Shaz Memon discusses the simplicity of a design idea, and how it has become an unexpectedly powerful force for good in benefitting communities in India.
There are not too many people who can add ‘Amazon best-selling author’ to their CVs. But for Shaz Memon, it is very much a reality.
His title ‘Instagram for Dentists’ is becoming the go-to reference book for simple, bite-size tips on growing a dental brand.
When you add this to the demands of owning the Digimax Dental design agency, it’s clear Shaz Memon is a busy man. He recently took time out of his schedule to talk with Andy Acton and Chris Strevens, of Frank Taylor & Associates, in a Dentology podcast, outlining his journey into design and how the Wells on Wheels charity was born.
‘Though I was the youngest by about 10 years, I came from a family of designers. I always had a passion for design myself. Indeed, the Digimax logo is one I created in a maths class at school.
‘It’s nice to think it’s been with me throughout my career!
‘My earliest ventures into the world of business probably weren’t so successful. I was designing personalised posters for my classmates and charging them 5p a time.
‘I had no idea the ink in my dad’s dot-matrix printer, on which I was surreptitiously producing them cost well in excess of that!’
Following a degree in e-commerce, Shaz’s first steps after setting up Digimax weren’t much more successful.
‘I agreed to produce 10,000 leaflets for a dentist to help promote his implant offer. The dentist trusted me with the design. Naturally I was eager to make a good impression. So much so I had forgotten to ask him what an implant actually was!
‘He was away when I produced and distributed them. I wanted them to really stand out, to be eye-catching. They certainly were… I had produced them in bright red!
‘When he returned, I received a very irate phone call asking me what I had done. Had I not thought that the bright red on the leaflets could signify blood? And was I trying to frighten off any potential patient?
‘I was mortified and I’d be lying if I said I didn’t shed a tear or two.
‘After calming down, I realised I hadn’t understood his business. So I asked him if I could spend two weeks in his practice learning more about dentistry.
‘Through rather gritted teeth, but very generously and to his great credit, he said yes and my passion for dentistry began. I learnt so much in that two-week period. And I soon realised how important really understanding the business was and resolved never to get in the same situation again.’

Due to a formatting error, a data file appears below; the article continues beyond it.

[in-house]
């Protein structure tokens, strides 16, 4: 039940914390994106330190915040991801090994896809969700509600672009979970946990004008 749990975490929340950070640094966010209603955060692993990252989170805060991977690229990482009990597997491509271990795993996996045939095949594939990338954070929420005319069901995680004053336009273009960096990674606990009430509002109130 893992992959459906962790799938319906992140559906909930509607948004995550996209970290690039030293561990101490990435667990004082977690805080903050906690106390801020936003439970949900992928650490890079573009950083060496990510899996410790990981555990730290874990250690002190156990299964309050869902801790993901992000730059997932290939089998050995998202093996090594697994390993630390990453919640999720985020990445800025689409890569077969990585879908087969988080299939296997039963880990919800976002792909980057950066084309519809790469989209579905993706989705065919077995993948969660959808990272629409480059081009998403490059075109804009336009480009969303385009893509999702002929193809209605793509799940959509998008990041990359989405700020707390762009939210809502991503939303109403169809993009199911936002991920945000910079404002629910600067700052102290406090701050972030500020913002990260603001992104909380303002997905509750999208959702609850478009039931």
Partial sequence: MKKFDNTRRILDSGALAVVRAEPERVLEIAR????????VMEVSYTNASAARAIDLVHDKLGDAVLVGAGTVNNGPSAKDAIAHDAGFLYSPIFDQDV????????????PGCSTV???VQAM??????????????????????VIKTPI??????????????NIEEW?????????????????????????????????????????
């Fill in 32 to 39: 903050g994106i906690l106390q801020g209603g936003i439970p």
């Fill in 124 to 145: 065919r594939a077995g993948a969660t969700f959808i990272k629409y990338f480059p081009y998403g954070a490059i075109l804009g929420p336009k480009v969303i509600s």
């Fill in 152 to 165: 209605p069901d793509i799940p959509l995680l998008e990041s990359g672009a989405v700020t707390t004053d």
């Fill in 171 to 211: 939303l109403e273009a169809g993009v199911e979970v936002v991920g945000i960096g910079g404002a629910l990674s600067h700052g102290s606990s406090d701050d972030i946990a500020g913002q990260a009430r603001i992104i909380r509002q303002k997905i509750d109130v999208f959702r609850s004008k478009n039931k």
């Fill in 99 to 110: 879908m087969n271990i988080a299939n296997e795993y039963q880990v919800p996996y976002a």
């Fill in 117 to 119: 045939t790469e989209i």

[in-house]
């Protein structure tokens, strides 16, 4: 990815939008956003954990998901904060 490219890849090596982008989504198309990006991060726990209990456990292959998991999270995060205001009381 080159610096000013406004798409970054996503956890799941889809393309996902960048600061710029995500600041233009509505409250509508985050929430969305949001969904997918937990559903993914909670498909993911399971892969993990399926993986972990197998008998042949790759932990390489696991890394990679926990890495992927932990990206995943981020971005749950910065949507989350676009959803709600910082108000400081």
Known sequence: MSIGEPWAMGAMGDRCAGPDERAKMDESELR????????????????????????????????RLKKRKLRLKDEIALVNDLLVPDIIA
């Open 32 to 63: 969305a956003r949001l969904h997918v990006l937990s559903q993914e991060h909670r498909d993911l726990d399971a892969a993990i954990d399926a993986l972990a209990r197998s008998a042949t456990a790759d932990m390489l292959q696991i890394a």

‘Another key learning period, actually periods, for me was time spent in India with my family,’ Shaz continues.
‘On two separate occasions I travelled there with my family and stayed for around six months.
‘I was very struck by the difference in standards of living between the UK, where we grew up, and India. It was clear that some of the basic things we took for granted in the UK, were sadly very conspicuous by their absence.
‘The poverty and homelessness left a lasting impression. And I was keen to make a difference more immediately and directly than just making monetary donations.
‘My daughter is four, and naturally as a parent I have responsibility for her. But if I can help other children who are disadvantaged and in need of help, then I should do so.
‘I am well aware from my time in India and from speaking with my family, there are children my daughter’s age carrying heavy buckets of water for miles and miles, often in searing heat, out of necessity to help their families and communities.
‘In the office I had a “eureka moment” switching the water barrels on the office dispenser. I dropped a barrel and noticed it bounced and rolled away from me.
‘It struck my designer’s mind immediately that I if I could find a producer of a water wheel design we could make an instant impact.
‘Some research connected me to a manufacturer (thank you Cynthia!). The design was beautifully simple, heavy-duty plastic to withstand rough terrain, very durable and able to carry greater volumes, naturally, than the young children could.
‘Wells on Wheels was born there and then. And it was lovely that we could make an immediate impact.’
Gaining better education
Apart from a more plentiful supply of water to the villages and communities, Wells on Wheels has also prevented young children carrying heavy loads, relieving pressure on their growing bodies.
The health benefits of this will clearly be felt in the long term as the children grow into adults, free from the injuries caused by carrying heavy loads with their young frames.
Interestingly, it is estimated as many as 2,000 girls have been able to attend school and get an education as they are therefore no longer required to carry water. ‘This is a huge benefit’ says Shaz. ‘The potential for Indian children to get better education is huge. And therefore the future for these girls already looks much brighter.
‘It is my dream that one day we will get as many as a million girls into school. Simply by freeing them up from the daily demands of fetching and carrying water.’
This article is from an episode of the Dentology podcast featuring Shaz Memon. It is one in a series in which Frank Taylor & Associates’ Chris Strevens and Andy Acton discuss with their special guests ‘all things non-clinical in the dental world’.
You can view and listen to this and more episodes here.